So, I know just the other day I complained about how dull Sundays are in Germany. However, as of right now, my feelings on the subject matter have changed completely. Bring on sleep and watching The Office reruns online.
Ich bin ein bisschen gestresst.
Okay, so ‘a little stressed’ may be a slight understatement, but I’ll manage to make everything work out. I always do. Yet, for some unknown reason I always end up wanting to pull my hair out when it comes to planning classes to take and make semester plans. Maybe I just have some not-so-secret internalized fear that I know planning ahead means that I’m getting closer to graduation. Eek.
Regardless of whether or not I want it to be true, my final semester of my junior year is now figured out and finalized. Well, almost finalized. In Germany students aren’t confined to the lovely four year graduation plan, nor do they really have to sign up for classes. Here students are encouraged to ‘try out’ courses to see what they enjoy and what best fits their learning style. If you want to drop a class, no money wasted and no penalties.
Oh, and did I fail to mention that the government pays for their entire education, minus a small annual fee of less than $1000?
(Feel free to cover your ears while I, along with the other American Exchange Students scream a long line of profanities.)
The options that students have here is amazing. For the first time in my college career my academic advisers are asking me what I want to do and which classes I am interested in taking, rather than having to fight for a place in a class or being confined to a small selection of courses that will fulfill a specific requirement that isn’t marked as finished on my transcript.
I have selected my courses with this newly found freedom in mind, and although I was a little nervous about the uncertainty of solidifying my class schedule, I think I will be happy with what I have chosen. I will be taking two journalism classes about American Politics and Journalism, two literature courses, three gender/sexuality studies courses (all in English) and one German history course taught in German.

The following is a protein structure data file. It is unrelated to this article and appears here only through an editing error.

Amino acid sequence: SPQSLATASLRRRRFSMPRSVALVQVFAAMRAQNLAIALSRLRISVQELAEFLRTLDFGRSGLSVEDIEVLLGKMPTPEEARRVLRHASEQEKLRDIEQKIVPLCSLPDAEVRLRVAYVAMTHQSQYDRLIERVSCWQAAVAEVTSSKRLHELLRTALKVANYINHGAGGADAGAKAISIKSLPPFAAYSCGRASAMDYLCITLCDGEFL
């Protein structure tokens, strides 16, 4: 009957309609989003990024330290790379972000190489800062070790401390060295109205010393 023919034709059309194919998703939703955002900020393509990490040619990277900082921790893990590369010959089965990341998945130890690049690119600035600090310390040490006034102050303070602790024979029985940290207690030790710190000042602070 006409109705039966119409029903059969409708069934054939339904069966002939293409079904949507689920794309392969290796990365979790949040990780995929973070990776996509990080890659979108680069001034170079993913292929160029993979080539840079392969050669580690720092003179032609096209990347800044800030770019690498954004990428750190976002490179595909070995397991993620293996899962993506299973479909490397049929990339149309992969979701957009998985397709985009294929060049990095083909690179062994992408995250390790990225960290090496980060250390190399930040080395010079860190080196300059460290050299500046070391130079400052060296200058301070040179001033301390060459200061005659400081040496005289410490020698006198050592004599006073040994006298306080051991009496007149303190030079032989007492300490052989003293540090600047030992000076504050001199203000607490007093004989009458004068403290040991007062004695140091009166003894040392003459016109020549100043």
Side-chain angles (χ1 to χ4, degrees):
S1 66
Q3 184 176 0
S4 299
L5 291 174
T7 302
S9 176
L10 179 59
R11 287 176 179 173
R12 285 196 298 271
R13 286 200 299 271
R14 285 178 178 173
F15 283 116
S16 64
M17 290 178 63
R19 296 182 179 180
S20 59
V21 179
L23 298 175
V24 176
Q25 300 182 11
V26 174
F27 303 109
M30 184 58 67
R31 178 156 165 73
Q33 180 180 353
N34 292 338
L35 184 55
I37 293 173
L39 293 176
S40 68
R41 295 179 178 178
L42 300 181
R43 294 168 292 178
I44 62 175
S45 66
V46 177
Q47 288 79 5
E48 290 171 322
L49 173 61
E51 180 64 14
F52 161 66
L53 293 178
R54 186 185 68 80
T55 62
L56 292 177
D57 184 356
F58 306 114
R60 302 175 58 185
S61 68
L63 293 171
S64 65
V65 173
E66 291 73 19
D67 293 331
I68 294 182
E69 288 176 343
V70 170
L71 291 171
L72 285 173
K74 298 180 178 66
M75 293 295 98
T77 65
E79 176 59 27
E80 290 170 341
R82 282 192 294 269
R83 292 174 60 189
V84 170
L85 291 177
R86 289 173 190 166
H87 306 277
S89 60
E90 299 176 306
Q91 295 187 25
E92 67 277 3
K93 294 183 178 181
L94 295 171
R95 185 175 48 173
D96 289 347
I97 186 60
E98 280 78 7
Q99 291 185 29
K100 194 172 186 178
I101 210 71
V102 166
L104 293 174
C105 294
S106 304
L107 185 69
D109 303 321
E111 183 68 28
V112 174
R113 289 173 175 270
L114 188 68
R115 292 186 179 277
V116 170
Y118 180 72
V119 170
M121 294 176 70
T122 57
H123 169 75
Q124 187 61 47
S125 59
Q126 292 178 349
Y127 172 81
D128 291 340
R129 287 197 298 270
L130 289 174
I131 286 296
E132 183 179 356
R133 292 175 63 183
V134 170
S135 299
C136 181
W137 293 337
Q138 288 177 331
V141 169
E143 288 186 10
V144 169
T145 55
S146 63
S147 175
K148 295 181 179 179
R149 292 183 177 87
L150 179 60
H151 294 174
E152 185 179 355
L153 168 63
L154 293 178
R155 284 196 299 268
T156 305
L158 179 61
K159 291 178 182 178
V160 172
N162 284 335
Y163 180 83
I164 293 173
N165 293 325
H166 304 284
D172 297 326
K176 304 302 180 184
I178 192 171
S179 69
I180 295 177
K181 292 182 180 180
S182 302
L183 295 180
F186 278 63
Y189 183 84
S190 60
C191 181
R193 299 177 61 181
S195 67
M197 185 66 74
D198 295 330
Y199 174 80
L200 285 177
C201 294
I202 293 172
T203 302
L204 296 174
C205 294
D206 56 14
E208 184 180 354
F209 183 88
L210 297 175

Yeah, yeah, I know. So much for taking classes all auf Deutsch.
I swear I’m not copping out. I just am not that confident that I would be able to do well in my courses if class instruction/assignments/papers were all expected to be completed in German. At least I will still improve my German by working with children at a local school teaching English (and learning back from them). I have also chosen to move to another part of the city to live with my friend Doro.
I think she’ll help me to get the full experience here in Dortmund.
After all, she introduced me to the sights, taught me a bit about the German culture, has taken me shopping, shown me German film/books and most importantly: led me to experience my first ’spaghetti-eis’ (Ice cream sundae that looks like a plate of spaghetti) today. Just look at that monster of a sundae!
It’s still gray outside, and I’m still having a little anxiety, but each day I’m realizing more and more that Germany is friggin’ sweet.